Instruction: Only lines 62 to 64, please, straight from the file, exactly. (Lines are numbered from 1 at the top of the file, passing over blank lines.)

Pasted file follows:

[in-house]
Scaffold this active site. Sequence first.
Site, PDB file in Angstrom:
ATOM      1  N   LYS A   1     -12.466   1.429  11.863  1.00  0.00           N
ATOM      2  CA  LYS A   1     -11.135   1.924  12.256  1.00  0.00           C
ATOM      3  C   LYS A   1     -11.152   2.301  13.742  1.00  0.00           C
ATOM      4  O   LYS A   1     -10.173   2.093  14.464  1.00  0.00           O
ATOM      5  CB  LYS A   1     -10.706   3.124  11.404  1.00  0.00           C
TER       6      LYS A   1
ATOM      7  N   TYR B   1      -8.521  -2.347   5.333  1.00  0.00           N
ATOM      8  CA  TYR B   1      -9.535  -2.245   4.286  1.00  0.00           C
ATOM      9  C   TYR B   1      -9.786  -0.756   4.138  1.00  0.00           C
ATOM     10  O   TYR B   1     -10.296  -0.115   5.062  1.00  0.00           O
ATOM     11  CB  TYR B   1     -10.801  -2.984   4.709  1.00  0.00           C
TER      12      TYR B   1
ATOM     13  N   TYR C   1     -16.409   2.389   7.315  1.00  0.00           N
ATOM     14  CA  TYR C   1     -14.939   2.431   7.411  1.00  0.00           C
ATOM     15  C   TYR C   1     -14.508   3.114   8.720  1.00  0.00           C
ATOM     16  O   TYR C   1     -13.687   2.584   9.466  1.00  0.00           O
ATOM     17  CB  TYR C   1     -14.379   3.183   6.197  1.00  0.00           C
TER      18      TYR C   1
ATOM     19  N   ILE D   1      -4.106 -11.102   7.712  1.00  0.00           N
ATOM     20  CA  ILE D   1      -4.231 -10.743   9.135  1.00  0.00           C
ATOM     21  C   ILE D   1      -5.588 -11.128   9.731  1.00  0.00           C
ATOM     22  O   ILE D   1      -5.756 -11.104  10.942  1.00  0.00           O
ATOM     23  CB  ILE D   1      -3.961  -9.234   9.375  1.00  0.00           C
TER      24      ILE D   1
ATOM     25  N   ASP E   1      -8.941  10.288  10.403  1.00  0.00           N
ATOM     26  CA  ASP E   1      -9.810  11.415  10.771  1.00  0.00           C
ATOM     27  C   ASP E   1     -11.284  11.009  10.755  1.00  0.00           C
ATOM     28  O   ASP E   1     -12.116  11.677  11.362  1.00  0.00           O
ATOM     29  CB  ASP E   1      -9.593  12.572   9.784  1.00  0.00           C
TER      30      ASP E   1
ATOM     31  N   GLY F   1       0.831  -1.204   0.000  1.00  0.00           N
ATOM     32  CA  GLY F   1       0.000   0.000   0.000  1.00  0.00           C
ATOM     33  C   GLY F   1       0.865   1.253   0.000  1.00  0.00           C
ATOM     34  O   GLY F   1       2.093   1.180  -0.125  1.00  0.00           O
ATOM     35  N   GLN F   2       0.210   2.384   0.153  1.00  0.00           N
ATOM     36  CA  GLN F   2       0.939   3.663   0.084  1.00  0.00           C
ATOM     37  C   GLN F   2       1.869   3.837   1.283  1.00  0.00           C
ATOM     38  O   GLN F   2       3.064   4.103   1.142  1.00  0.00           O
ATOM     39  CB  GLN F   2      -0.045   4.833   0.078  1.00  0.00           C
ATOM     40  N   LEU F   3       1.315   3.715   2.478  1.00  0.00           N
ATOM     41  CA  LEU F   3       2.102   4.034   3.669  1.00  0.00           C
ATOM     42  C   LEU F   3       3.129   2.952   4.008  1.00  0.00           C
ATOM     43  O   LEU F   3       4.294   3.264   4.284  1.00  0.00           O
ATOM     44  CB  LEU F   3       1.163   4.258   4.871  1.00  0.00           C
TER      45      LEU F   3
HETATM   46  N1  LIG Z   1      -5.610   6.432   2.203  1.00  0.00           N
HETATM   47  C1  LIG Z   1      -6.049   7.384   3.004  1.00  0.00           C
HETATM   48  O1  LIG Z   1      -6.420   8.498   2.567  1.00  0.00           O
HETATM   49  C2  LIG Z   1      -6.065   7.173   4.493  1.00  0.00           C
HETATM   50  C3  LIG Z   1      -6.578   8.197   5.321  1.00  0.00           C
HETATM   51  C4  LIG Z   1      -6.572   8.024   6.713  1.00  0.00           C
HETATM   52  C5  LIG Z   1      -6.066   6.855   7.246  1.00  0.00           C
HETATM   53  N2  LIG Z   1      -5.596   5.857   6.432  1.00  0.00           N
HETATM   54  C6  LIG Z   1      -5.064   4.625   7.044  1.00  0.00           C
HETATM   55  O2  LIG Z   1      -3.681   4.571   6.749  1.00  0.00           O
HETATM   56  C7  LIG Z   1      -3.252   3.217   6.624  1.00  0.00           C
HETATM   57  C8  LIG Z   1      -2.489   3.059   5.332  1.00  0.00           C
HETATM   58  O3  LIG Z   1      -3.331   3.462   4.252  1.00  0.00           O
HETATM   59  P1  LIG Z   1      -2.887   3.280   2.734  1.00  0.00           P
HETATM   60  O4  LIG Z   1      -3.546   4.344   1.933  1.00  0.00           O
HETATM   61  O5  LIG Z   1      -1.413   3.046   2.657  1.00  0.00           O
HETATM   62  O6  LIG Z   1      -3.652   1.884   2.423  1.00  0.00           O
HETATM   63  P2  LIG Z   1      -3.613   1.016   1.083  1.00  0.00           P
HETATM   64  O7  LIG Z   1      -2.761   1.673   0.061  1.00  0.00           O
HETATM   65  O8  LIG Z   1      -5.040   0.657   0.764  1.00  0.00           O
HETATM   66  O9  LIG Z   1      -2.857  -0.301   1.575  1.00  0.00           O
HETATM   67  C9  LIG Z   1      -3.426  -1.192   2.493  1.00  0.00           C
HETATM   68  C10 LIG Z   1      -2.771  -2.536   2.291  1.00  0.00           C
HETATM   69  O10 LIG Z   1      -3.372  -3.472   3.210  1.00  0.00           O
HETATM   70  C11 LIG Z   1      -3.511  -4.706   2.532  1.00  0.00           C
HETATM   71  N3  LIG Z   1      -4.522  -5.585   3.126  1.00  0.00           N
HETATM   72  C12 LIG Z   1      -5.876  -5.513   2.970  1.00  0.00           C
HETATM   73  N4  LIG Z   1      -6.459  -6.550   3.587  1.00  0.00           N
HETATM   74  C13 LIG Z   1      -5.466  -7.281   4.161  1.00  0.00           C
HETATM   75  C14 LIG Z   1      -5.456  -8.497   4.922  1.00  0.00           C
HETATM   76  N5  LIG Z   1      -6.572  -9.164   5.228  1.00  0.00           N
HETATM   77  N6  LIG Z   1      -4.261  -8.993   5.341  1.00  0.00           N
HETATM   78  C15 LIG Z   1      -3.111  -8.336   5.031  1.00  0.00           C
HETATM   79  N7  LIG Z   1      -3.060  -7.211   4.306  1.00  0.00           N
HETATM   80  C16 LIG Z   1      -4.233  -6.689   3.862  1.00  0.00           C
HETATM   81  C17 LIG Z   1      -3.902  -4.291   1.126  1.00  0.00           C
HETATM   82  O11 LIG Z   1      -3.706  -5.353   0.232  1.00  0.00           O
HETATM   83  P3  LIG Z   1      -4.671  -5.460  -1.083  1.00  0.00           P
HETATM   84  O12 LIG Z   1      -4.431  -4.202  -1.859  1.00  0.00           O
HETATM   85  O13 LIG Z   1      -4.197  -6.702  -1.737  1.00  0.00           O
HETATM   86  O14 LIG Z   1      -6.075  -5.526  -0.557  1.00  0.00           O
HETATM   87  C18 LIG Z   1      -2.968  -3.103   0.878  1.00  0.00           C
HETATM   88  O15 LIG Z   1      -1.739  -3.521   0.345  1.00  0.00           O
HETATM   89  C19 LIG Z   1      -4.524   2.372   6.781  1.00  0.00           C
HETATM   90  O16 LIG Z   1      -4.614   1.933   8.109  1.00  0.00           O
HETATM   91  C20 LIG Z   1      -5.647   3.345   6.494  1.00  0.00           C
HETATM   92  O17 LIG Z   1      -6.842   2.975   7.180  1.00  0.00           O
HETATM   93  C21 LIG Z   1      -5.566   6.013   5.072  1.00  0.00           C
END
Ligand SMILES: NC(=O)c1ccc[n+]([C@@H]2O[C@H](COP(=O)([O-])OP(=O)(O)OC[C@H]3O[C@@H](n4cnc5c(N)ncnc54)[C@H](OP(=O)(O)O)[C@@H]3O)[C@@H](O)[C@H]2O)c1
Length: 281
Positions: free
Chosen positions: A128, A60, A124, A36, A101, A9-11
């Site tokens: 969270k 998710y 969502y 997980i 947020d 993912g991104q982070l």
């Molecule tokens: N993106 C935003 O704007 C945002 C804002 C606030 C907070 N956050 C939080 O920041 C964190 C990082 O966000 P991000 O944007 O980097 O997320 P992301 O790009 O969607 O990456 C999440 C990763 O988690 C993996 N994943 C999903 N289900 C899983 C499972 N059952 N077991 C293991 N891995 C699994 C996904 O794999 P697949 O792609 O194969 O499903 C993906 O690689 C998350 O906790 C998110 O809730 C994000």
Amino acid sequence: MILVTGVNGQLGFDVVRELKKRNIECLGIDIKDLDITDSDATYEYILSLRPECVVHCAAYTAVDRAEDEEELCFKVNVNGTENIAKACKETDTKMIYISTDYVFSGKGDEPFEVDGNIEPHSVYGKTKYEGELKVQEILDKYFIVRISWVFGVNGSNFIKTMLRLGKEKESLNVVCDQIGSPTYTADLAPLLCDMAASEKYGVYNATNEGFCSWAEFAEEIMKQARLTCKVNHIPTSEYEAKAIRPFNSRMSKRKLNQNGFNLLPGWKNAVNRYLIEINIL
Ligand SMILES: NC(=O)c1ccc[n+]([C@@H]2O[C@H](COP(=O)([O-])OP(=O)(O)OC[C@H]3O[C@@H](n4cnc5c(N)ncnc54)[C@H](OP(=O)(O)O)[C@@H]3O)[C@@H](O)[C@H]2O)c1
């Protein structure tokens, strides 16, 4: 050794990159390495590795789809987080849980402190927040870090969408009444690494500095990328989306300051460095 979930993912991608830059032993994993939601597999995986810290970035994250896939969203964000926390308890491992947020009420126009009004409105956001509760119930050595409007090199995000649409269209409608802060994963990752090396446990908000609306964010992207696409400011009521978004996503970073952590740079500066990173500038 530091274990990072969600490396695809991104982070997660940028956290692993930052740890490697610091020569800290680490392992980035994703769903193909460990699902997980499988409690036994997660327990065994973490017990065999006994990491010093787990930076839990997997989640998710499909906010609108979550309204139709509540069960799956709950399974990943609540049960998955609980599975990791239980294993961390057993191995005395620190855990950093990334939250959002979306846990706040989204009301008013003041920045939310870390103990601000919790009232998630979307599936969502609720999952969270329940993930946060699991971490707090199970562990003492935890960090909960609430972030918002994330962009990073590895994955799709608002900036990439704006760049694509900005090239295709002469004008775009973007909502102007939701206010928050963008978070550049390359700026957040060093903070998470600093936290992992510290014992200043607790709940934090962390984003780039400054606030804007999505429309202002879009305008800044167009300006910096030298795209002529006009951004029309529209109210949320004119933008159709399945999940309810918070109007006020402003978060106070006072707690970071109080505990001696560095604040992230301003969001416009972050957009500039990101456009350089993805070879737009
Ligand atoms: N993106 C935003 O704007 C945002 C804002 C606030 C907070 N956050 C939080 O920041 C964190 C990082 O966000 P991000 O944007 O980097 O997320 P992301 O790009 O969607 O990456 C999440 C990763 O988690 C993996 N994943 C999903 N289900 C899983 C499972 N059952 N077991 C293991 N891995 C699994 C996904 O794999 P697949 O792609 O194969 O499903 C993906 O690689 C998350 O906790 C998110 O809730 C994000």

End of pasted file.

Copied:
HETATM   59  P1  LIG Z   1      -2.887   3.280   2.734  1.00  0.00           P
HETATM   60  O4  LIG Z   1      -3.546   4.344   1.933  1.00  0.00           O
HETATM   61  O5  LIG Z   1      -1.413   3.046   2.657  1.00  0.00           O